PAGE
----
Red Echo

June 30, 2008

Flexibility is bad design. Indeed. Make it work and ship it. Your users will tell you what you need to improve.

1 Comment

  1. A couple small comments.

    One is that I dislike the title, while I largely agree with the content. “Flexibility” is ambiguous; I usually think of it as a good thing, but I am thinking of the flexibility of the code itself—that is, the ease with which it can be adapted and modified to another purpose, not the degree to which it is already general-purpose enough to be applied to other purposes with little-to-no modification. Encapsulation and legibility are the primary means to achieving that sort of flexibility, and are precisely the techniques to ensure that you don’t need to achieve the “flexibility” the article is discussing. Having a comprehensive set of unit tests is also often extremely helpful to that end.

    Another is that this isn’t universal. The author explicitly states that this principle shouldn’t be applied to libraries, but why do libraries get a pass? Because APIs (and ABIs) are an expensive thing to change, so choosing a solid, general API in the first place is less expensive than iterative design. But this principle doesn’t just apply to library APIs; it applies to any programmer- or user-interface that will be more expensive to change down the road than it will be to “get right” in the first place. File formats, network protocols, and command-line invocation interfaces are among the things that invite careful design, to ensure extensibility while maintaining backward compatibility.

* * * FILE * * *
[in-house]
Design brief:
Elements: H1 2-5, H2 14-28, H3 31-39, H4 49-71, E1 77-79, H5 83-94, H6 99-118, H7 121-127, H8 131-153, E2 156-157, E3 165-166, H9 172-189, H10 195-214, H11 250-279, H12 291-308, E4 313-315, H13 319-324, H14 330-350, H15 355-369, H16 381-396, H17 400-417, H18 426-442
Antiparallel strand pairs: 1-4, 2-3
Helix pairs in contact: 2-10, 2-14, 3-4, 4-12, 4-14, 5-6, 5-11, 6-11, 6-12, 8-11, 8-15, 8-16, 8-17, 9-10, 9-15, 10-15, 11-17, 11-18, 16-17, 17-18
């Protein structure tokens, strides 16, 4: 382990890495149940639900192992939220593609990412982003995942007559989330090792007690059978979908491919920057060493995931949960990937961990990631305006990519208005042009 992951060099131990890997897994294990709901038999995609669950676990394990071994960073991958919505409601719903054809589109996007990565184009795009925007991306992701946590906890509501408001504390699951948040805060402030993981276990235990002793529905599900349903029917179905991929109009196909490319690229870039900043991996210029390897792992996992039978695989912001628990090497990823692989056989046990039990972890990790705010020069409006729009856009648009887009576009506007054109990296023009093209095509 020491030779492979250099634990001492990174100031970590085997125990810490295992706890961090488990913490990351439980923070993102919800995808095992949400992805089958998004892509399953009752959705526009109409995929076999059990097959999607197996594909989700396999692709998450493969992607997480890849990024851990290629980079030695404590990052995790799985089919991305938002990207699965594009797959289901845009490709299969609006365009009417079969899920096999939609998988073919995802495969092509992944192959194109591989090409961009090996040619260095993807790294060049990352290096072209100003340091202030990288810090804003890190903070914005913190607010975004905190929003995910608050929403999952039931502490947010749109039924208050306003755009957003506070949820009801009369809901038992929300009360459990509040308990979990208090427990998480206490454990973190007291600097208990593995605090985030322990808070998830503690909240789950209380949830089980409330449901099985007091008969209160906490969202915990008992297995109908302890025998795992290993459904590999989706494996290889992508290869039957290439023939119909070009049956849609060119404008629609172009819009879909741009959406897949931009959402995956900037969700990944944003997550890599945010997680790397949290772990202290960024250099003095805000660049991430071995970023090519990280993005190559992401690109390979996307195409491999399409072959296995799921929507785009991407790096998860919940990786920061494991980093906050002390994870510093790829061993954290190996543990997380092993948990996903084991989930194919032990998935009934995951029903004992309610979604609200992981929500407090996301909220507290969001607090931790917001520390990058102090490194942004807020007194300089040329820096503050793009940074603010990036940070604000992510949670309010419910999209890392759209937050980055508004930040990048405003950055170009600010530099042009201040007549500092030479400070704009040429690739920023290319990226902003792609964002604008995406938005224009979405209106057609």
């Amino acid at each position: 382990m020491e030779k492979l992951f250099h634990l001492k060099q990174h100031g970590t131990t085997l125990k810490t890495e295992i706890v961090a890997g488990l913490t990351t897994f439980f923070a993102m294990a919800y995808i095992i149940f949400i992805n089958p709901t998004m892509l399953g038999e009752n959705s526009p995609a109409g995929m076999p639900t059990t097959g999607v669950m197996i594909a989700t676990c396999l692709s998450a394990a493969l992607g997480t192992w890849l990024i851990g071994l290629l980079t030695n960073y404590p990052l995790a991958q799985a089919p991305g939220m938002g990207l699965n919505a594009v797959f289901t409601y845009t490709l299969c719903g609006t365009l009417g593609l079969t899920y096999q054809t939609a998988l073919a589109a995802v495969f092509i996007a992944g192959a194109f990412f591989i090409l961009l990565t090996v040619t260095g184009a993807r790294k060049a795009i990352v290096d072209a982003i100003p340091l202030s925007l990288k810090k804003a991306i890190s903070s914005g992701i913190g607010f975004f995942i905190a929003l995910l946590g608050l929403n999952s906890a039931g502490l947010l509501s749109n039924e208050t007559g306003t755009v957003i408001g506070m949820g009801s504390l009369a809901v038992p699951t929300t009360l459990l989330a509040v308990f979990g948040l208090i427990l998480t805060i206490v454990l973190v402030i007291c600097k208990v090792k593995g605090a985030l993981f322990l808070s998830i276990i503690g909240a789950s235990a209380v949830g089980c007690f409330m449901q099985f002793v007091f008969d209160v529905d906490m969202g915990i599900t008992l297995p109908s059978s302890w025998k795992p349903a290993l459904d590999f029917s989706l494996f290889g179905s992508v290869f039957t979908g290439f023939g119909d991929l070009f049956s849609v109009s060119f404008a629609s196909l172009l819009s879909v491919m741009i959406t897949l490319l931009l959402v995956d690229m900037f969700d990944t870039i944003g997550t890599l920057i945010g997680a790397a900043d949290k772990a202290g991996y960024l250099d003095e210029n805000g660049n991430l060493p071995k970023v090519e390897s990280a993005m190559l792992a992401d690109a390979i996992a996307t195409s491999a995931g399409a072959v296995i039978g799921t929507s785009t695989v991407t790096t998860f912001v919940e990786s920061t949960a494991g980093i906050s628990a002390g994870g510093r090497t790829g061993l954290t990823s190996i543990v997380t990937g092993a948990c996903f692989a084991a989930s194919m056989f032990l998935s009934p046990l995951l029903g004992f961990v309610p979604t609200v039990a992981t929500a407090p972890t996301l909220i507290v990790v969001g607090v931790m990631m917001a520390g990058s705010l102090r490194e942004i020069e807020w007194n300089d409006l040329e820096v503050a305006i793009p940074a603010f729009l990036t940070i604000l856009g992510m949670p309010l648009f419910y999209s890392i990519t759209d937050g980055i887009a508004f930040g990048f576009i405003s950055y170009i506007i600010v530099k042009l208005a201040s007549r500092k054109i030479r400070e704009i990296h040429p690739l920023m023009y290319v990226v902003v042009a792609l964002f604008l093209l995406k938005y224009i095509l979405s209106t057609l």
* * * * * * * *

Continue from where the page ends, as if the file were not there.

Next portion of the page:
Comment by Micah Cowan — July 22, 2008 @ 2:07 pm